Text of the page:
In line with the potential neurotropic properties of SARS-CoV-2, recent evidence indicated the presence of viral proteins in brain regions of COVID-19 patients (21, 22) as well as in the brains of K18-ACE2 transgenic mice (22, 23) and Syrian hamsters (24) infected with SARS-CoV-2.

The presence of SARS-CoV-2 in the human brain has been associated with marked astrogliosis, microgliosis, and immune cell accumulation (21). Further indicating the ability of SARS-CoV-2 to infect cells of the CNS, SARS-CoV-2 has also been shown to infect human brain organoid cells in culture (22, 25–27). Recently, SARS-CoV-2 has been found to cross the blood–brain barrier (BBB) in mice (28–30) and in two-dimensional static and three-dimensional microfluidic in vitro models (31, 32), therefore potentially reducing the integrity of the BBB.

Despite the accumulating evidence, an integrated understanding of the cellular and molecular mechanisms involved in SARS-CoV-2 brain infection and the consequent repercussions on brain structure and functionality is lacking. To gain further insight into the neuropathological and neurological consequences of COVID-19 and possible cellular and molecular mechanisms, we performed a broad translational investigation of living patients, postmortem brain samples, and preclinical in vitro and ex vivo models.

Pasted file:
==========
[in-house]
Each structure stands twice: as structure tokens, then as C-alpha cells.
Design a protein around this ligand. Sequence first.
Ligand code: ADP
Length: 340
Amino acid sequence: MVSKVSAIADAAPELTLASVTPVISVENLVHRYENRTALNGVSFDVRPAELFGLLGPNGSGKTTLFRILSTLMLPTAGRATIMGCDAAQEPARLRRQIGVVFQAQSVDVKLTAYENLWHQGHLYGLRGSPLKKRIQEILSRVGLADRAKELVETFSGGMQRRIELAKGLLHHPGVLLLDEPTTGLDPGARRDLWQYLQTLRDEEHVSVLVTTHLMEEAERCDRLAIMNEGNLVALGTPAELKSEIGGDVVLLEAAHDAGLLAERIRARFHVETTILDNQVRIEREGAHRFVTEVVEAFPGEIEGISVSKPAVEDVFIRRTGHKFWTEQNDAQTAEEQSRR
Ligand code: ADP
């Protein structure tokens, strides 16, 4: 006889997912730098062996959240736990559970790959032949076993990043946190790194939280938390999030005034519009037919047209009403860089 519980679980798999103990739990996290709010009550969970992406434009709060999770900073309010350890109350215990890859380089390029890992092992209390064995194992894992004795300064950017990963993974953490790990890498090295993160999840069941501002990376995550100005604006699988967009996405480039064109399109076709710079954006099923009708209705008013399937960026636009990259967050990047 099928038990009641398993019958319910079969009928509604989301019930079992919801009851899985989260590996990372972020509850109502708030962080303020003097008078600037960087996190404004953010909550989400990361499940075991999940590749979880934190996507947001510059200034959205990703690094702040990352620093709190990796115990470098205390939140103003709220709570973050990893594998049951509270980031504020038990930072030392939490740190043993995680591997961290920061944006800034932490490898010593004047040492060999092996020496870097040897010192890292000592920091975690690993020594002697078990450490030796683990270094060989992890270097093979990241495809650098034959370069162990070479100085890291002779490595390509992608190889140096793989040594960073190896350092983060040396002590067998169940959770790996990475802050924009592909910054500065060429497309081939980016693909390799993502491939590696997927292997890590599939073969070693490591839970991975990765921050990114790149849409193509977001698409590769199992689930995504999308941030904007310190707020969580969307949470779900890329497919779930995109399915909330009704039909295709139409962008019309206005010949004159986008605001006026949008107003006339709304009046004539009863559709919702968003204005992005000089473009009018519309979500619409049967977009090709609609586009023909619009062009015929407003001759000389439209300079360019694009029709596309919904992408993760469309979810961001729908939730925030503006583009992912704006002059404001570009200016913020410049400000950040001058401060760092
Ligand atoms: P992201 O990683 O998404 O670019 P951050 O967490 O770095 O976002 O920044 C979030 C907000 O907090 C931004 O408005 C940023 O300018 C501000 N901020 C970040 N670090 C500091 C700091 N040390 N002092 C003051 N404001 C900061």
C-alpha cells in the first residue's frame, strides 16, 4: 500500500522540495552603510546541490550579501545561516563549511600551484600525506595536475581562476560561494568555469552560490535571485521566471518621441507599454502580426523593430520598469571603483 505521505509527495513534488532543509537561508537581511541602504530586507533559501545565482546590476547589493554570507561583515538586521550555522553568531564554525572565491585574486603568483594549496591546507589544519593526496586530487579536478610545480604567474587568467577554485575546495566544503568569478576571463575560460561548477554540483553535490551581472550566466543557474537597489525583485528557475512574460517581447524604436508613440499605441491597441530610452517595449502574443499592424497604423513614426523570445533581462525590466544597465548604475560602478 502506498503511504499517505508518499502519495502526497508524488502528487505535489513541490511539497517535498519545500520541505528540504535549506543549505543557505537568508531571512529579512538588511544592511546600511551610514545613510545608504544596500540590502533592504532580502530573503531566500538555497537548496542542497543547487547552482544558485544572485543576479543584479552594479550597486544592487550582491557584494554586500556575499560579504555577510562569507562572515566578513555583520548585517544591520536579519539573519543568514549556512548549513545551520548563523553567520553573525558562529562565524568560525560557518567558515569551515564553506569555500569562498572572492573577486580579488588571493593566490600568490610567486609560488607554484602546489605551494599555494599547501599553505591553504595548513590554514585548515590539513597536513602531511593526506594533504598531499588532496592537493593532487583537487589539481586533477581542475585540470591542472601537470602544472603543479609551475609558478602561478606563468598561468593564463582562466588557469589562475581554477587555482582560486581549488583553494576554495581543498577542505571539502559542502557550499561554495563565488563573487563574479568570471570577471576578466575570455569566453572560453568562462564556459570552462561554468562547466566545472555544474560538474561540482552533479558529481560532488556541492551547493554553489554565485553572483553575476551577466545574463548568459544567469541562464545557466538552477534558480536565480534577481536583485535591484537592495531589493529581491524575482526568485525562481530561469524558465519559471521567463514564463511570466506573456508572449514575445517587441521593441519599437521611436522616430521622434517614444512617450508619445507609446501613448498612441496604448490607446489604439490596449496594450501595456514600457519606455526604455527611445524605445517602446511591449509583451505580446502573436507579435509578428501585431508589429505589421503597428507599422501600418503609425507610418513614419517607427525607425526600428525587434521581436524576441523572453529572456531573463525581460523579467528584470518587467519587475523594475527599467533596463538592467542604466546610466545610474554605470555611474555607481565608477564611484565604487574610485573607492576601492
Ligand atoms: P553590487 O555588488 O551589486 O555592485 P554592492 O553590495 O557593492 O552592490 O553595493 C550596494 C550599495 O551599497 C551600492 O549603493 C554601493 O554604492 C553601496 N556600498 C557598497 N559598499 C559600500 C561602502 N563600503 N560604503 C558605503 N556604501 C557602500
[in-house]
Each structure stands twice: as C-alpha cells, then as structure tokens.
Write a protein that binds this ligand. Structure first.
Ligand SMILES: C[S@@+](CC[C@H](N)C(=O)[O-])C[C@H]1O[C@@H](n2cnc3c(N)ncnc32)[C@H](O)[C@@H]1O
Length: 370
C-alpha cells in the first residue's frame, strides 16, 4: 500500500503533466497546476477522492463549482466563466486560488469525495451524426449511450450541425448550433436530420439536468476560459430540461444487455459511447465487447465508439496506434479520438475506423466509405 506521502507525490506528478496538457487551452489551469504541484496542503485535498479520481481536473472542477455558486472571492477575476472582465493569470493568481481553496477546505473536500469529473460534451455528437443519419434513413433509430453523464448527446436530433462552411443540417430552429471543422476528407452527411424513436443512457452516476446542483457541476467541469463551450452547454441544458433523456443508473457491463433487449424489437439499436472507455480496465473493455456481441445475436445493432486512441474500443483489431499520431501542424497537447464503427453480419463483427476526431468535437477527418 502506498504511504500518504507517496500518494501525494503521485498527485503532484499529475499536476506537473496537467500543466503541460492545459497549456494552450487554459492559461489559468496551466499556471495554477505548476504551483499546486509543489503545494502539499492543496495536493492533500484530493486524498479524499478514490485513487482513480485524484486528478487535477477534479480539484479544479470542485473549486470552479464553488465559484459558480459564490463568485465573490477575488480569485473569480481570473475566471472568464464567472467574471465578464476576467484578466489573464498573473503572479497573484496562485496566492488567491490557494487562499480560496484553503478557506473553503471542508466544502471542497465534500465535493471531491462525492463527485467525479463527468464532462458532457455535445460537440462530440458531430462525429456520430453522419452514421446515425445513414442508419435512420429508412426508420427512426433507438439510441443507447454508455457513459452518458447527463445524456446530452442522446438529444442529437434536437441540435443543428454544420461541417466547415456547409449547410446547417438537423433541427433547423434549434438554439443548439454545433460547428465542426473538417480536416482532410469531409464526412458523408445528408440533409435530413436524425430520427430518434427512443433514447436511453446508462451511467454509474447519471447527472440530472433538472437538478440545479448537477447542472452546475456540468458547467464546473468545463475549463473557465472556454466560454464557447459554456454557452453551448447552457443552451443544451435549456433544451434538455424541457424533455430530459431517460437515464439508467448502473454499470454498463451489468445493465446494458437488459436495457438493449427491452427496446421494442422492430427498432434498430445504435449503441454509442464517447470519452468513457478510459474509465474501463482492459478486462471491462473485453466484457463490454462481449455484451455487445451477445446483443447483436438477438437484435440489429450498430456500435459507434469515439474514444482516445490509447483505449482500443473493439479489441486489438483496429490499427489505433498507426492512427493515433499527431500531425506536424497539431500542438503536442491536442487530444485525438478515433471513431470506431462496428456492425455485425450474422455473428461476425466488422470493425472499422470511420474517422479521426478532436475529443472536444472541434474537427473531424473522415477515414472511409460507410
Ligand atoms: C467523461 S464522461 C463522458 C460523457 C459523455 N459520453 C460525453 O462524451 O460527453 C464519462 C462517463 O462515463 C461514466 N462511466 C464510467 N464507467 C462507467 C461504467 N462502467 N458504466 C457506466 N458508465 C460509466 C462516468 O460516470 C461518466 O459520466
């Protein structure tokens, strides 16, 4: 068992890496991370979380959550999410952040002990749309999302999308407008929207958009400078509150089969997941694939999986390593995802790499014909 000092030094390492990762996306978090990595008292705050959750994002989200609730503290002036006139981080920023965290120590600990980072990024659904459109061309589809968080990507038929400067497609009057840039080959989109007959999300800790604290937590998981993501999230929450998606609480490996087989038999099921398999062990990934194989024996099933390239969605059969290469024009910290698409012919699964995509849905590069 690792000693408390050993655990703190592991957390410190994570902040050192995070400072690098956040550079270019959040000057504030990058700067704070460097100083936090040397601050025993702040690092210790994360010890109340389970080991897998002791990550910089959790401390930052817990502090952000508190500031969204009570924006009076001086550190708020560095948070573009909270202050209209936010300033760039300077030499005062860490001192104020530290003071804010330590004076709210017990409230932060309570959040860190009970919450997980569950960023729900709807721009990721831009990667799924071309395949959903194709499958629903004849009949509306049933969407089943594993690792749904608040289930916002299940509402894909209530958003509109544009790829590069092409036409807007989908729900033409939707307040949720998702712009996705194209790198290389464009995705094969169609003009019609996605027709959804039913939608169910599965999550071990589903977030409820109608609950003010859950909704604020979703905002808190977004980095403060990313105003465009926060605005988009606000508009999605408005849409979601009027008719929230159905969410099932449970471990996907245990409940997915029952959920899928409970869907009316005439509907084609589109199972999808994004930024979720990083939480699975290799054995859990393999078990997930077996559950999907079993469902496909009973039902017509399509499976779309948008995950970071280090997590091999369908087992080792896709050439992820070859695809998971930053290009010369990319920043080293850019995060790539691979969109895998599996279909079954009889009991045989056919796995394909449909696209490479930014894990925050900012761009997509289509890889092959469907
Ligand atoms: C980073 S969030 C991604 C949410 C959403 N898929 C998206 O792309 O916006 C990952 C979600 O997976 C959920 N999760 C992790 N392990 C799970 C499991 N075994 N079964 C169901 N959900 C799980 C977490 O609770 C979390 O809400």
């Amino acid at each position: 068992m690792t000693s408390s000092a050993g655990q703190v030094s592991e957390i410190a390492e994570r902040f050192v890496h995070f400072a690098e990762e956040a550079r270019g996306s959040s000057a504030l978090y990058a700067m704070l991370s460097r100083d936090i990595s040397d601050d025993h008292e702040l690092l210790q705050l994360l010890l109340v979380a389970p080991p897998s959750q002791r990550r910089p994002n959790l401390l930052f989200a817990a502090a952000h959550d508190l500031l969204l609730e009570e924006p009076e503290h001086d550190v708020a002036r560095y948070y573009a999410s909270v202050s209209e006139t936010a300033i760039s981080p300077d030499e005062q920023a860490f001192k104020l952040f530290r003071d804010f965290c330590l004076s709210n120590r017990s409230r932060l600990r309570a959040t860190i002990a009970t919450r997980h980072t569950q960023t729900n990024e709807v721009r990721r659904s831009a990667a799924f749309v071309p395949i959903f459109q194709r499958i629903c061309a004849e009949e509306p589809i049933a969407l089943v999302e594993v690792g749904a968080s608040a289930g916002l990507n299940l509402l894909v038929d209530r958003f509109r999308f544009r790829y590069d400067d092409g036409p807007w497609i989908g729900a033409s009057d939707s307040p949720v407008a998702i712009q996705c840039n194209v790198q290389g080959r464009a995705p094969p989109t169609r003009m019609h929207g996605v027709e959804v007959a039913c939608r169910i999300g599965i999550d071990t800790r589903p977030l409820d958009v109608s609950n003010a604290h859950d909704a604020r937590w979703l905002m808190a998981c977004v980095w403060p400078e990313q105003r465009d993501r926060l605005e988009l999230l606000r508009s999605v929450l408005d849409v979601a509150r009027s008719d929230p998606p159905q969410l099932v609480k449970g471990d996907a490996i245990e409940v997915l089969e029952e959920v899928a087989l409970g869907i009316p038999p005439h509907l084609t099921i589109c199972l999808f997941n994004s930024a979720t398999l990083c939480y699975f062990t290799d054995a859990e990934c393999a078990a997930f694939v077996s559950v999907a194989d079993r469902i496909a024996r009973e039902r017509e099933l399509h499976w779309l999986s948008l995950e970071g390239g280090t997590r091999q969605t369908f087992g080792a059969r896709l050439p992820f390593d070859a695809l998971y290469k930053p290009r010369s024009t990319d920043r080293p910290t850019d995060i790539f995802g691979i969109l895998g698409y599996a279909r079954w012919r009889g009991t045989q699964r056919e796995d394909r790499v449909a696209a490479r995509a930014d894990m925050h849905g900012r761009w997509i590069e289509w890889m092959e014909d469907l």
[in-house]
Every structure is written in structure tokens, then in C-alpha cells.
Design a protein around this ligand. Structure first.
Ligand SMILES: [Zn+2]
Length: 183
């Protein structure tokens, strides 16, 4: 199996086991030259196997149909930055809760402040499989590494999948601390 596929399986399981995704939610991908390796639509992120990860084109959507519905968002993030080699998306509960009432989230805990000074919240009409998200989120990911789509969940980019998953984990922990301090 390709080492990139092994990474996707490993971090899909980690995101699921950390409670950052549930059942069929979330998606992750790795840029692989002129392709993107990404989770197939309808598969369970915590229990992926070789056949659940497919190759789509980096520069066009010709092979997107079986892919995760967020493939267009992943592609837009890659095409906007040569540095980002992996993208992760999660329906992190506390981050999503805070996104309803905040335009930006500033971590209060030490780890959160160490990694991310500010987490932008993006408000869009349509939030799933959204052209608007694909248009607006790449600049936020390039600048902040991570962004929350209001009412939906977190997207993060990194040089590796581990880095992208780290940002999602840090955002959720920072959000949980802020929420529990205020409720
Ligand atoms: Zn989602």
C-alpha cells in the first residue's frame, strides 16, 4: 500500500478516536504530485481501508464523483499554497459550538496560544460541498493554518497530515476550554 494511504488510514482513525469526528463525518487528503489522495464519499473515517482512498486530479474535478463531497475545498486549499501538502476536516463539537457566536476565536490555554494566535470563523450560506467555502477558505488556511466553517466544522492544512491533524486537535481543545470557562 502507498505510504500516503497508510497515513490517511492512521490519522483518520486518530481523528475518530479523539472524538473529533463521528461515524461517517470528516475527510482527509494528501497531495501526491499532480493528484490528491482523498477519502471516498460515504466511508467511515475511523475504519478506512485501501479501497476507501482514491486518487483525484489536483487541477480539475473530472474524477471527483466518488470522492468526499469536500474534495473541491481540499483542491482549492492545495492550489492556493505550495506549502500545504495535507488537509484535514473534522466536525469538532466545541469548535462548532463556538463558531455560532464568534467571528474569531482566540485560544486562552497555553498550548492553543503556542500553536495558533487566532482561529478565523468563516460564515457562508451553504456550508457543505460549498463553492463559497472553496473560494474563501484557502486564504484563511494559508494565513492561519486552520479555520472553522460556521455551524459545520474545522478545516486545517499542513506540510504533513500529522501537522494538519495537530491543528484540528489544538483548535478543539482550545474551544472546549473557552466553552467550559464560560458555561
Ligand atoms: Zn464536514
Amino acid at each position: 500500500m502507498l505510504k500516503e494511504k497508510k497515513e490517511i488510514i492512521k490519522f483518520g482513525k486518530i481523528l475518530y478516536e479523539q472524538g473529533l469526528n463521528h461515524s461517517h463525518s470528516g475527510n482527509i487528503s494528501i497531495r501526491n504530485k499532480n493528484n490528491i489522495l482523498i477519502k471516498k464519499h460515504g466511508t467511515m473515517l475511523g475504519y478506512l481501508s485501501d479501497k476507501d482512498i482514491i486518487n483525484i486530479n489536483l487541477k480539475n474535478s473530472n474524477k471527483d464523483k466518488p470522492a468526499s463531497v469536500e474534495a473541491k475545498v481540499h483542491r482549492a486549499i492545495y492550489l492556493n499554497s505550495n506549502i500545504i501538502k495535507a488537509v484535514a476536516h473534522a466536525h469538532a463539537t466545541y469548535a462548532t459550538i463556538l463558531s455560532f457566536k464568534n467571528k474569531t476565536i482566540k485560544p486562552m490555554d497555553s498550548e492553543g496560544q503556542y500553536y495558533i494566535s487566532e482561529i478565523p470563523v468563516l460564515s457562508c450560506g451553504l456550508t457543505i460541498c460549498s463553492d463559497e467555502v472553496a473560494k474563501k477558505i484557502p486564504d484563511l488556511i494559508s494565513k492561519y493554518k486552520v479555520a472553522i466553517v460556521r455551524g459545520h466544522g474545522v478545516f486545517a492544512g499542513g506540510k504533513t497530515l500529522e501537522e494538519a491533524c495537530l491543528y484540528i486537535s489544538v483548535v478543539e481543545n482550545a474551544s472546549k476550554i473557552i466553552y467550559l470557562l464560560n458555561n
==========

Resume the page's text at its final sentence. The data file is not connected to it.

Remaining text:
Clinical data and brain imaging features of COVID-19 patients were found to be associated with neuropathological and biochemical changes caused by SARS-CoV-2 infection in the CNS. We found that astrocytes are the main sites of viral infection within the CNS.

SARS-CoV-2–infected astrocytes exhibited marked metabolic changes resulting in a reduction of the metabolites used to fuel neurons and build neurotransmitters. Infected astrocytes were also found to secrete unidentified factors that lead to neuronal death. These events could contribute to the neuropathological alterations, neuropsychiatric symptoms, and cognitive impairment observed in COVID-19 patients.

Discussion

Our study demonstrates structural and functional alterations in the brain tissue of COVID-19 patients, which parallel in vivo findings of cortical atrophy, neuropsychiatric symptoms, and cognitive dysfunctions. A recent longitudinal study with 401 individuals (median age of 62 y, infected between March 2020 and April 2021, scanned pre- and postinfection) reported atrophy in the orbitofrontal and parahippocampal regions and cognitive impairment (determined by Color Trail tests) (48).